• Second, recapitalise the Greek banks. A failure to do this would destroy the country’s financial system and cause depositor runs elsewhere.
      • Third, recapitalise weak banks elsewhere as soon as the latest Europe-wide stress tests are published next month.
      • Finally, provide banks with medium-term funding if they can’t raise money in the market.
Language Lessons
  • cloying: Adjective
    • Overly sweet;
    • Verb: Supply or feed to surfeit; Cause surfeit through excess though initially pleasing
  • praxis: Noun
    • Translating an idea into action
    • eg: The EC might, during polls, do a good job of keeping parties and candidates on a leash to end the prevalence of practices like sops-for-votes or plain intimidation, but changing the wider political praxis calls for a re-envisaging of how politics is conceived of, and practiced.
  • Cry havoc and let slip the dogs of war: Idiom
    • The military order Havoc! was a signal given to the English military forces in the Middle Ages to direct the soldiery (in Shakespeare's parlance 'the dogs of war') to pillage and chaos.
    • The term is the predessor of 'play havoc' (with). This is now more common than 'cry havoc' but has lost the force of the earlier phrase - just meaning 'cause disorder and confusion'.


Finance & Economy
  • Should savings bank interest rates be de-regulated?
    • The savings bank (SB) deposits interest rate is the only regulated rate and has remained unchanged at 3.5 % since March 1, 2003 even as the RBI’s policy rates have varied.  The RBI is reportedly toying with the idea of de-regulating SB interest rates.  It is interesting to note in this connection that SB deposits account for about 13% of financial savings of the household sector and for 22% of total deposits of scheduled commercial banks.
    • Deregulating the SB interest rate could enhance asset-liability mismatches, as banks treat a large part of these deposits as ‘core’ deposits and use them to make long-term loans. The share of term loans increased over 2000-09 even as the share of term deposits came down, suggesting maturity mismatches have increased.
    • The other consequences of deregulation are more competition and volatility.  More competition is good and volatility is part of the game.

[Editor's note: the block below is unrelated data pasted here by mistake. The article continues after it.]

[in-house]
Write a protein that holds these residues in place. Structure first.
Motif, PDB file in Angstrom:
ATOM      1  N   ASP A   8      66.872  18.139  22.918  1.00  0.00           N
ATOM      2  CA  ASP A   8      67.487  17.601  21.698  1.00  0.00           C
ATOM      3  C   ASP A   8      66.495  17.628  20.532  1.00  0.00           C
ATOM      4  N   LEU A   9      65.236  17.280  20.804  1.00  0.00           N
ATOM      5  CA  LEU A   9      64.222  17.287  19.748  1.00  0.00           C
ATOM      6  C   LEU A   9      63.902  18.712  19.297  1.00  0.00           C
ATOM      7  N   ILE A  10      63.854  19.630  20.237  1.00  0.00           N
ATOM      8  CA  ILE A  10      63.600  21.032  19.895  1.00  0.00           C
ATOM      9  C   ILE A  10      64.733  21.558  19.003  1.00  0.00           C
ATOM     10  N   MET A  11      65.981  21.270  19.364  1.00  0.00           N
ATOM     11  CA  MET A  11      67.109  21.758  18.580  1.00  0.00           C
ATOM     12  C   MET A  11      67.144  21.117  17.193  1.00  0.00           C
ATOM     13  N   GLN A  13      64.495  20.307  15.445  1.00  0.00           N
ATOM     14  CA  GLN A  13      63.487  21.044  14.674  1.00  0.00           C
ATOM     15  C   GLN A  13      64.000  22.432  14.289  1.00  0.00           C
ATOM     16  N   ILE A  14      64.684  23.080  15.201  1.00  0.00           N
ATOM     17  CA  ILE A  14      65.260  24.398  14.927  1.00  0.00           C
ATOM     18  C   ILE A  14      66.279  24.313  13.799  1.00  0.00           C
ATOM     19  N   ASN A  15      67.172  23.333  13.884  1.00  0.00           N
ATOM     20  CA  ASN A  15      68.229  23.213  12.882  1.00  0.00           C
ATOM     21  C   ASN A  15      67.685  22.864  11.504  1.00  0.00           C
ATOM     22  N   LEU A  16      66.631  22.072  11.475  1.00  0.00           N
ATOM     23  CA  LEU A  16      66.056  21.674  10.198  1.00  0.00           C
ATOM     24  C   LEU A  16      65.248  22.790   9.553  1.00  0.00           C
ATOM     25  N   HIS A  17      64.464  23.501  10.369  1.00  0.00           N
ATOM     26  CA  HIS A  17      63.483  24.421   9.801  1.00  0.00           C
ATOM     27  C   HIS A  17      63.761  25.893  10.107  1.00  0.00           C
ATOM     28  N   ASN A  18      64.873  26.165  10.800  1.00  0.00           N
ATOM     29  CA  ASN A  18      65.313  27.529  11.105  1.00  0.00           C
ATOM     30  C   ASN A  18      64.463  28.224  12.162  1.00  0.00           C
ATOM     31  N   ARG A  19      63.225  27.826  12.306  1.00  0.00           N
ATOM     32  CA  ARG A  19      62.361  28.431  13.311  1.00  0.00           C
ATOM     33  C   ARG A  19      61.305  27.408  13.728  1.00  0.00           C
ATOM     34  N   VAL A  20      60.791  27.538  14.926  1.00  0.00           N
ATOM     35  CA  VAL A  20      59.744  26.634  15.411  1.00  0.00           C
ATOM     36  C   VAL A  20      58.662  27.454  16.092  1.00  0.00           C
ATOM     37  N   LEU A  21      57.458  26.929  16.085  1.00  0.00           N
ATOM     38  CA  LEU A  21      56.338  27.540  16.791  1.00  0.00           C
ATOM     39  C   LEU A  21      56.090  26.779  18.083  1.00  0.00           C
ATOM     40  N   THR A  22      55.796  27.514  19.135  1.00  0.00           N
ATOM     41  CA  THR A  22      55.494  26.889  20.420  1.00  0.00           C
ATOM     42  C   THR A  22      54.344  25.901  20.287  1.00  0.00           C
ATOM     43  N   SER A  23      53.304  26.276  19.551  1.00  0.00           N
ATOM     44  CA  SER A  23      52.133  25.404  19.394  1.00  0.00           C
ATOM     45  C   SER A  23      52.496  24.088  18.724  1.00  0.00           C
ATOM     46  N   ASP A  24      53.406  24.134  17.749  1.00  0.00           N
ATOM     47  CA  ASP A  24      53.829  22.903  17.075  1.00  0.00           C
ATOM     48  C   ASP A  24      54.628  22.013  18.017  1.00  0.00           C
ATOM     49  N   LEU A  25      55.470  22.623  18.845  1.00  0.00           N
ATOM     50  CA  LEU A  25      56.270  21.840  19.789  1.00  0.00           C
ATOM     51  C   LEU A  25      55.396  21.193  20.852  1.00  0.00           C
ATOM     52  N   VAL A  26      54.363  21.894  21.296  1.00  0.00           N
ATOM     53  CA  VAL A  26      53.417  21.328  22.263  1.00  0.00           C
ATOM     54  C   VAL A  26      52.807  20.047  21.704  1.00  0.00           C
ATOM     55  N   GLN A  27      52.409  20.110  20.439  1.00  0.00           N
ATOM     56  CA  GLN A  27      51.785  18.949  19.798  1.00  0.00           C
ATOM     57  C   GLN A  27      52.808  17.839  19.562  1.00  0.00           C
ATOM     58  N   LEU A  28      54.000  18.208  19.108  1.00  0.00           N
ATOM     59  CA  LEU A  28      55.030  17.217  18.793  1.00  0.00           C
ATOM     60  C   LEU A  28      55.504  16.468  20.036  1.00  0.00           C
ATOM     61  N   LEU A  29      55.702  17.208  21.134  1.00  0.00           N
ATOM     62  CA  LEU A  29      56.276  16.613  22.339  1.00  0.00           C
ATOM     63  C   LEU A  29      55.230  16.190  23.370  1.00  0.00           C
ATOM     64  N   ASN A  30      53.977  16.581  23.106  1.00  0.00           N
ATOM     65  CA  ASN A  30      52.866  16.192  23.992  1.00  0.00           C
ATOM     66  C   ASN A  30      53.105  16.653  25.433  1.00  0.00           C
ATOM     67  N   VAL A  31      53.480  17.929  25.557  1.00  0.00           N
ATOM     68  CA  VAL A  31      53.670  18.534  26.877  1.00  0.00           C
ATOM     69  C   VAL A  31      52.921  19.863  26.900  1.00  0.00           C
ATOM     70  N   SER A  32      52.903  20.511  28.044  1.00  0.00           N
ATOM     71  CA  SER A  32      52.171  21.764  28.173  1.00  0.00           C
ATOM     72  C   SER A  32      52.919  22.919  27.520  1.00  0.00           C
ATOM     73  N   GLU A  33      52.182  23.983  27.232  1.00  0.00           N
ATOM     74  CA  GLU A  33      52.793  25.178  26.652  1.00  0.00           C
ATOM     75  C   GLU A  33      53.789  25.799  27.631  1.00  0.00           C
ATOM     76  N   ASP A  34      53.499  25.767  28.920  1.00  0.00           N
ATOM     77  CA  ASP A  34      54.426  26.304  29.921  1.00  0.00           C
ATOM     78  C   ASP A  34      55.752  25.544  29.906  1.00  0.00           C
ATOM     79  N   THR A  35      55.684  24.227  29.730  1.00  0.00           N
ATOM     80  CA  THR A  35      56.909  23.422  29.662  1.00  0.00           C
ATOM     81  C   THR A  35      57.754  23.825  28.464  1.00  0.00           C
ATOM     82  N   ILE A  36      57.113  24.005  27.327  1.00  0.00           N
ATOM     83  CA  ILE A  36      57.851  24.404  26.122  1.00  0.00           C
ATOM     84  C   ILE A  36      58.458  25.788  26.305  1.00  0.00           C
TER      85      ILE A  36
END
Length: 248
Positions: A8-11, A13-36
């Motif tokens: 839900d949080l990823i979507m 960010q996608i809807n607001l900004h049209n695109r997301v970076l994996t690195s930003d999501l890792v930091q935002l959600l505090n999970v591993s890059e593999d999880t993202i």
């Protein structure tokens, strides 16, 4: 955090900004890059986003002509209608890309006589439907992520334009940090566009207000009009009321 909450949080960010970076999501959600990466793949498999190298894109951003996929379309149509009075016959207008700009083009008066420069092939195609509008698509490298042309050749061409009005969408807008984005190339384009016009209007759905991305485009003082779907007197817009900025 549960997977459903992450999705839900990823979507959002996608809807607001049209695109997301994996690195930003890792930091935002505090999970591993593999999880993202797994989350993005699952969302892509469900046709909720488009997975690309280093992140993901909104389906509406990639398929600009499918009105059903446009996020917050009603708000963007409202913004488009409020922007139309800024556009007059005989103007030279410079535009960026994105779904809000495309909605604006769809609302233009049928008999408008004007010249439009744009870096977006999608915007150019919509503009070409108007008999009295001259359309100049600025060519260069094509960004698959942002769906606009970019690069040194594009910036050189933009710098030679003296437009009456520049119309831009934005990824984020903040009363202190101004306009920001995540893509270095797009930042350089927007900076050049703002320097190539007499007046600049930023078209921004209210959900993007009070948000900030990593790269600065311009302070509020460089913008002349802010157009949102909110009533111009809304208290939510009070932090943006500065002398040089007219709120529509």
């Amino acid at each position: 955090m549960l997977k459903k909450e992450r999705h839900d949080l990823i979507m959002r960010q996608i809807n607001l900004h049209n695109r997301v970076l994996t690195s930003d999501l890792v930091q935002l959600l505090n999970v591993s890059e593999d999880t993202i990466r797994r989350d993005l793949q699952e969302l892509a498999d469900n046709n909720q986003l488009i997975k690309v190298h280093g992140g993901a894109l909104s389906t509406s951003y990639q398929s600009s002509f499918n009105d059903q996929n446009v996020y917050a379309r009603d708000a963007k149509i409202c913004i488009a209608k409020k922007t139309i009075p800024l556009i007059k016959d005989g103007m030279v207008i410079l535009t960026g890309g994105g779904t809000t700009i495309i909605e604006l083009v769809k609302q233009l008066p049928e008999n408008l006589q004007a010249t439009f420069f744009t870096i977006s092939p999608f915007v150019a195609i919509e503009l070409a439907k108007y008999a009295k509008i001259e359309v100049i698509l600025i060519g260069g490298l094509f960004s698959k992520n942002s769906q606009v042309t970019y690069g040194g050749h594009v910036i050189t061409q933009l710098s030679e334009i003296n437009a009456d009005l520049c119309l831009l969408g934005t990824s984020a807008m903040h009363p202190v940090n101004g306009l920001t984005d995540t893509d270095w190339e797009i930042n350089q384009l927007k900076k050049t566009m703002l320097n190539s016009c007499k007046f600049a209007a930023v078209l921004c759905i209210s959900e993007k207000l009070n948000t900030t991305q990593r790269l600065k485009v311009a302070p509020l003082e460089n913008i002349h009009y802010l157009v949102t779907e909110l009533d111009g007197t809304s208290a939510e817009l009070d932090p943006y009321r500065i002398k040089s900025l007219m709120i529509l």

• Some banking stats
    • Currently, India has 89 scheduled commercial banks— 27 public sector banks, 31 private banks, and 31 foreign banks. Together they account for about 53,000 branches and 17,000 ATMs.
  • PSU aided SWF in the works
    • A government panel is considering forming an investment fund bankrolled by state-run companies to help India acquire large natural assets abroad.
    • The committee of secretaries, which has members from various ministries, department of public enterprises and the Planning Commission, will discuss the composition and size of this fund later this month.
    • Large state-run companies have huge free cash. Coal India, for instance, could have as much as $10 billion at the end of the 2010-11 financial year.
    • The finance ministry is also not averse to the idea of setting a sovereign wealth fund given that India’s foreign exchange reserves now stand at about $300 billion. Last year, the government had abandoned its proposal for a $5b sovereign wealth fund, or SWF. Such funds invest globally and are usually funded by foreign exchange assets.
    • China has aggressively backed its companies in their attempt to acquire natural assets abroad. It has a $300-billion sovereign wealth fund, China Investment Corp.
    • At present, there are around 50 sovereign wealth funds managing assets worth nearly $3 trillion, the most notable ones being from Singapore, Kuwait and Norway.
Language Lessons
  • bromide: Noun
    • A trite or obvious remark; Any of the salts of hydrobromic acid; formerly used as a sedative but now generally replaced by safer drugs
    • eg: Despite rhetorical bromides about requiring “ministers to unlearn ingrained habits and focus on substance, not rhetoric,” and about “business associations engaging with the granular detail of what companies want”, this proposed Plan B would strengthen the bilateral and regional trade initiatives that have diverted energy and attention from Doha and the WTO.
  • landau: Noun
    • A four-wheel covered carriage with a roof divided into two parts (front and back) that can be let down separately
  • straight as an arrow: idiom
    • Honest, genuine